It’s been seven decades since a small, nondescript town out in the New Mexico desert entered history books and popular culture for the most peculiar of reasons.
Half myth, half cover-up, it is one hell of a story.
Welcome to Roswell.
A rancher’s tale of strange objects in the desert
Temperatures in New Mexico hover around the 80F (26F) mark in early July, with little to no precipitation. It is hot out there.
Seventy years ago today, a local rancher named William Brazel returned from the blazing desert heat and contacted County Sheriff George Wilcox to report something rather unusual.
The 48-year-old rancher claimed that he had found some strange-looking debris out in the arid, wild terrain. An aircraft of some kind, he said. But an odd one, if it was an aircraft at all. The site, Brazel said, was located far out into the wasteland, about 40m from the town of Corona in the neighbouring state of Texas. By some accounts, Brazel had already collected some pieces of debris -including a ‘flying disc’- from the site and brought them back to his ranch.
Intrigued by the rancher’s claims, Sheriff Wilcox contacted army officials at the local airfield. Major Jesse Marcel, a military intelligence officer based at Roswell Air Force Base, headed out to the’crash’ site to investigate.
Things get a bit murky as to exactly what happened from there on. Whatever the truth may be, Major Marcel and other personnel showed up at Brazel’s home to retrieve the items found in the desert.
The local press picked up on the story. Brazel told a local newspaper about what he had found, saying it was some kind of ‘bright wreckage’.
The army released an official statement on July 9 to say that the military had recovered a ‘flying disc’ from a site north of Roswell, New Mexico. The statement deemed this disc to be a ‘weather balloon.’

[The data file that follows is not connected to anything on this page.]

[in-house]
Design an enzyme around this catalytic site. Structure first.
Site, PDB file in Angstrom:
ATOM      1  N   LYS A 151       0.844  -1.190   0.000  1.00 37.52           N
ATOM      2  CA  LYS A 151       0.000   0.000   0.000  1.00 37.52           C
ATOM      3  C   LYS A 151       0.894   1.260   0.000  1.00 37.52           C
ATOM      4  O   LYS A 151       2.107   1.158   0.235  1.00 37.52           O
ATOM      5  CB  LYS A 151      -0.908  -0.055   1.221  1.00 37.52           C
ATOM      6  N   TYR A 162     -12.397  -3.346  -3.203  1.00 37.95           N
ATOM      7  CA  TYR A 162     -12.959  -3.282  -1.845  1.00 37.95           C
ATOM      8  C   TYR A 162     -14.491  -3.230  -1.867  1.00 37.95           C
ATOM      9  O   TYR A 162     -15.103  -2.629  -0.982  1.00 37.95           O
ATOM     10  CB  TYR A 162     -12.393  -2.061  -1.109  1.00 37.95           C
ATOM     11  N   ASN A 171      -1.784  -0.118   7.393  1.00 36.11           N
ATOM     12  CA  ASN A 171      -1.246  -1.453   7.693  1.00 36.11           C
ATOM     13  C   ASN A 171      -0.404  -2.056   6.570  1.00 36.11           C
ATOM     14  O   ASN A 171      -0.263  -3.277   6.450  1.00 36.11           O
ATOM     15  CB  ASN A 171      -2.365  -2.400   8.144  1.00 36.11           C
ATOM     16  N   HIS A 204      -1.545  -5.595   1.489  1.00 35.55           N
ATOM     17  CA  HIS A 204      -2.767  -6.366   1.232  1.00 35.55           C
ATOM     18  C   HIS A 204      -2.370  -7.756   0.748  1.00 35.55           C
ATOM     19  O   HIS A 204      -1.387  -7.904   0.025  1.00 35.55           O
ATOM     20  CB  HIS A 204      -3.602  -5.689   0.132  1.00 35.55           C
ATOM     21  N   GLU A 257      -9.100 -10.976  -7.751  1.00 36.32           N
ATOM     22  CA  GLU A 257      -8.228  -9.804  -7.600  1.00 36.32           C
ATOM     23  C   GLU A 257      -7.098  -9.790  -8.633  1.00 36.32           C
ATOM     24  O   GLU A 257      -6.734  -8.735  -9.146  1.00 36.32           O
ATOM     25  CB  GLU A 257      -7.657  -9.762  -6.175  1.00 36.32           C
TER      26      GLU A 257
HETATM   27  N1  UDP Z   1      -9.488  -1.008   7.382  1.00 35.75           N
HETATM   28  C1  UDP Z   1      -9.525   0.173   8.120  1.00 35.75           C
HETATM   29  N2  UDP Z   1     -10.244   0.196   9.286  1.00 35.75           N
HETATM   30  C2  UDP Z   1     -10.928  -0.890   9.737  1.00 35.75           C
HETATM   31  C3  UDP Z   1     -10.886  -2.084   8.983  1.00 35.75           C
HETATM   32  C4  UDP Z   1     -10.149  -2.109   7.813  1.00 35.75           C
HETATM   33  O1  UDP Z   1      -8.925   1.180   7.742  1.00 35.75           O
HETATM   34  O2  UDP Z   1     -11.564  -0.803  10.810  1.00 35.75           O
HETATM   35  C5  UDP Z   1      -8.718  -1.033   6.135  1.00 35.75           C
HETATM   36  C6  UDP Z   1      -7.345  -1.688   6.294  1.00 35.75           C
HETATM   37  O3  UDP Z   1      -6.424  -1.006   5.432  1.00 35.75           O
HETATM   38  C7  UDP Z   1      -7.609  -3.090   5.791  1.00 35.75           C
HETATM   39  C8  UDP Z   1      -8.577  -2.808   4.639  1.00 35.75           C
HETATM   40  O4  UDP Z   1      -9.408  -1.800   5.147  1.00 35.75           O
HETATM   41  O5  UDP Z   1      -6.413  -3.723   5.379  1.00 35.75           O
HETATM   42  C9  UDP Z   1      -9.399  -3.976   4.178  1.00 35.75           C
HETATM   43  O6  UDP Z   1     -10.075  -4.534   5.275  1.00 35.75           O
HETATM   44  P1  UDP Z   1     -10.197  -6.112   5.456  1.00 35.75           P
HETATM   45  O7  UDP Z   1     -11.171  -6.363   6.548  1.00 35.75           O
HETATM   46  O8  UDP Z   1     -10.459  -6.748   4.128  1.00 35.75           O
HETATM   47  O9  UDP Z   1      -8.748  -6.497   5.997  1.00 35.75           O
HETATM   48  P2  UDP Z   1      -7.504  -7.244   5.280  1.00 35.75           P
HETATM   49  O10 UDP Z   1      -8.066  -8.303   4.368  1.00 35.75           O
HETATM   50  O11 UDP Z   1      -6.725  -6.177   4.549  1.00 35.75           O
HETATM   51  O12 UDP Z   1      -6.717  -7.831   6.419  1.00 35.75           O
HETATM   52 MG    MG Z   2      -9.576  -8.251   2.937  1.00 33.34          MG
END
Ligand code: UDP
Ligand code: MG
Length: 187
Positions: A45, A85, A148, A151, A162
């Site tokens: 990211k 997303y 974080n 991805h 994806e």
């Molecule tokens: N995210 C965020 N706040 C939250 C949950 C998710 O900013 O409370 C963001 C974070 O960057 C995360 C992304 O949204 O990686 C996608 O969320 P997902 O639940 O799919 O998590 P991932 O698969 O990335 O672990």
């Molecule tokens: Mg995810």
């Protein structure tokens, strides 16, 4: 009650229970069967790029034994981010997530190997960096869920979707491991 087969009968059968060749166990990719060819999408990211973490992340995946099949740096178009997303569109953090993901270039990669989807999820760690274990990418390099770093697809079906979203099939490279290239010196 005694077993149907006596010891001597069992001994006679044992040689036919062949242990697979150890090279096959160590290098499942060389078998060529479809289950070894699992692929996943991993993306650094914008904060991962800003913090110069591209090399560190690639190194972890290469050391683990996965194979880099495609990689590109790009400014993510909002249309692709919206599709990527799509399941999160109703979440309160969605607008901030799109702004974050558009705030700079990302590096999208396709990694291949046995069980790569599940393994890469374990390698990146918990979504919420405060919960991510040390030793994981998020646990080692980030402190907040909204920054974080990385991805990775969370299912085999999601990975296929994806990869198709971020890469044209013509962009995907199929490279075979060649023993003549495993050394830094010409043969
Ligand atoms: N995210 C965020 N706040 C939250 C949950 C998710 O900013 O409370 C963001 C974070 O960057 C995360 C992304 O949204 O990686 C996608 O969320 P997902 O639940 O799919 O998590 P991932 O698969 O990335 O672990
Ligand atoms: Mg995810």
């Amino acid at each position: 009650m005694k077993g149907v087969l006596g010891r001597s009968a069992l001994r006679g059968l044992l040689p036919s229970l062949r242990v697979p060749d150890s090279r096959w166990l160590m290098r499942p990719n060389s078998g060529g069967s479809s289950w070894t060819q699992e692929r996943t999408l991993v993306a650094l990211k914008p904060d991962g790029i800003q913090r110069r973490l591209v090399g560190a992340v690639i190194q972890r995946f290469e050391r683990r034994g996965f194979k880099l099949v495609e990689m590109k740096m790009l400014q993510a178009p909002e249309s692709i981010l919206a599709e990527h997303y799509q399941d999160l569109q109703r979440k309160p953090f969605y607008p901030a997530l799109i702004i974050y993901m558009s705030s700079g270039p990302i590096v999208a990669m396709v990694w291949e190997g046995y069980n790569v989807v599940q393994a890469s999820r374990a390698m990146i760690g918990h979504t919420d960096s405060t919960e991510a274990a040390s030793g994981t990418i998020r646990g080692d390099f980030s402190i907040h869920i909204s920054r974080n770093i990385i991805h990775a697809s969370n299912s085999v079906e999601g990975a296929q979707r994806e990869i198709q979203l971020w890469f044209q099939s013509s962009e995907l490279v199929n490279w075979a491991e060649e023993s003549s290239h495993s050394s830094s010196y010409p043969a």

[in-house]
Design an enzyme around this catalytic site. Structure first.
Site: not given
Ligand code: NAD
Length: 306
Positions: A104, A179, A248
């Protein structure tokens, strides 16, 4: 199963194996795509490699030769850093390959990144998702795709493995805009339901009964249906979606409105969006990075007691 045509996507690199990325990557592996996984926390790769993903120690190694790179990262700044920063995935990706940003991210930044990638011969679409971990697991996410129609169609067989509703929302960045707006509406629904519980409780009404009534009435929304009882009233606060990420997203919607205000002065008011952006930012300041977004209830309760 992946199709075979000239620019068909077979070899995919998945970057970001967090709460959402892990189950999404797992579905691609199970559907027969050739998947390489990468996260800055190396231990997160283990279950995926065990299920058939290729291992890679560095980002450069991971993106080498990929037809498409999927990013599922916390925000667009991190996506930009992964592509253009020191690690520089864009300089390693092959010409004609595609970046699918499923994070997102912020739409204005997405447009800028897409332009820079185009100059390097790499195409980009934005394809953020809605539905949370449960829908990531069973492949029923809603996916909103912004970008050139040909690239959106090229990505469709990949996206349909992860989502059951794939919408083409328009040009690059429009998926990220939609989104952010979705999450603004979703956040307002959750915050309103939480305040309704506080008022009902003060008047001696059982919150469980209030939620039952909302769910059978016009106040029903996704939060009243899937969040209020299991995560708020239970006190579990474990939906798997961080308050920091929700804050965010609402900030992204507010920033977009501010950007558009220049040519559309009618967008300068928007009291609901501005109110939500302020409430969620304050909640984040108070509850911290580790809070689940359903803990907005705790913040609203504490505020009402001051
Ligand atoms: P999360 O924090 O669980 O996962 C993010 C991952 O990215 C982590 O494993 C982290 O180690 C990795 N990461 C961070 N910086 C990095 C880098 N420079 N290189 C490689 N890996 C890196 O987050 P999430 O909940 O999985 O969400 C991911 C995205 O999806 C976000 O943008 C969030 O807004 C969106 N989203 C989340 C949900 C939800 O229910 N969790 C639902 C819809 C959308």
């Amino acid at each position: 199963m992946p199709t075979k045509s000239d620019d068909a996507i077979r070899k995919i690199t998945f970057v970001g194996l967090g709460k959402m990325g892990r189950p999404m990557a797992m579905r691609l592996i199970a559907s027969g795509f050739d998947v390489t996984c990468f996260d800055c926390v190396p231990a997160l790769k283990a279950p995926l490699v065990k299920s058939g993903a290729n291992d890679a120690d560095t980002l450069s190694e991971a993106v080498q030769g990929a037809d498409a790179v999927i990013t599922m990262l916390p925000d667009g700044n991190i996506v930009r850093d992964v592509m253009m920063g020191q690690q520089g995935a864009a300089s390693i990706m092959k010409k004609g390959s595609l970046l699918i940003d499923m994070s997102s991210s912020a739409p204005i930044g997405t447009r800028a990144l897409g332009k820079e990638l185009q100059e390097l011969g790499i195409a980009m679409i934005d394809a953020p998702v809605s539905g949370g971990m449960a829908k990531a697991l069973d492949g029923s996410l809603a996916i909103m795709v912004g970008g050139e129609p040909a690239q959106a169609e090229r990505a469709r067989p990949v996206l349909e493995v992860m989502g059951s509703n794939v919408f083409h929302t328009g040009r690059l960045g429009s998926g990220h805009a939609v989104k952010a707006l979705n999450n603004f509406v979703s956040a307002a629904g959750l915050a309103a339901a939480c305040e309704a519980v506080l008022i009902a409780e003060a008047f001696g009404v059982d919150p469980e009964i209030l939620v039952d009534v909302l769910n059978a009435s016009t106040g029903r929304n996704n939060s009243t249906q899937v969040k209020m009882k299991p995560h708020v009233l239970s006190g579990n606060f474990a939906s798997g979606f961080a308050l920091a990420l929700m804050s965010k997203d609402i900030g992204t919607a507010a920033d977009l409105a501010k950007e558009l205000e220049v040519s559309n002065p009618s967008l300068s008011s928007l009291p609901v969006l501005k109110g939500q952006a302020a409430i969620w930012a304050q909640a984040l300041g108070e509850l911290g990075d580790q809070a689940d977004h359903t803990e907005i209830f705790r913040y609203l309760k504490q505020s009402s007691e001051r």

The Roswell Incident: Half-truths, conspiracy theories, and an alien autopsy that never happened
The weather balloon story had the desired effect. By trivializing the find, the Government effectively suppressed interest, and the Roswell Incident went largely forgotten for about thirty years.
Everyone got on with their lives around Roswell and elsewhere, but the secret hidden outside that little town out in the desert simmered just beneath the public’s attention.
The 70s brought about a marked social shift. Issues like the Watergate, and particularly the deeply unpopular Vietnam war, created an atmosphere of distrust in the Government.
Fuelled by this new anti-Government trend, rumours and stories began to circulate about what really happened at Roswell. The ‘weather balloon’ was in fact an alien craft that had crashed out there, some said. Conspiracy theorists even postulated that the ship’s crew had been found to be dead inside it, and that the bodies had been taken to a place that’s also not supposed to exist, Area 51. The weather balloon story was simply a smoke screen concocted by the scheming US Government, many claimed.
As the buzz around Roswell’s UFO story grew, so did the efforts to refute it. Hundreds of ‘witnesses’ were interviewed by a multitude of magazines, newspapers, radio stations, and other media outlets, national and international. All of a sudden, townfolk recalled seeing ‘aliens’ around Roswell, some saying that ‘rescue UFOs’ had been seen flying around the area of the original crash site, presumably searching for the missing crew.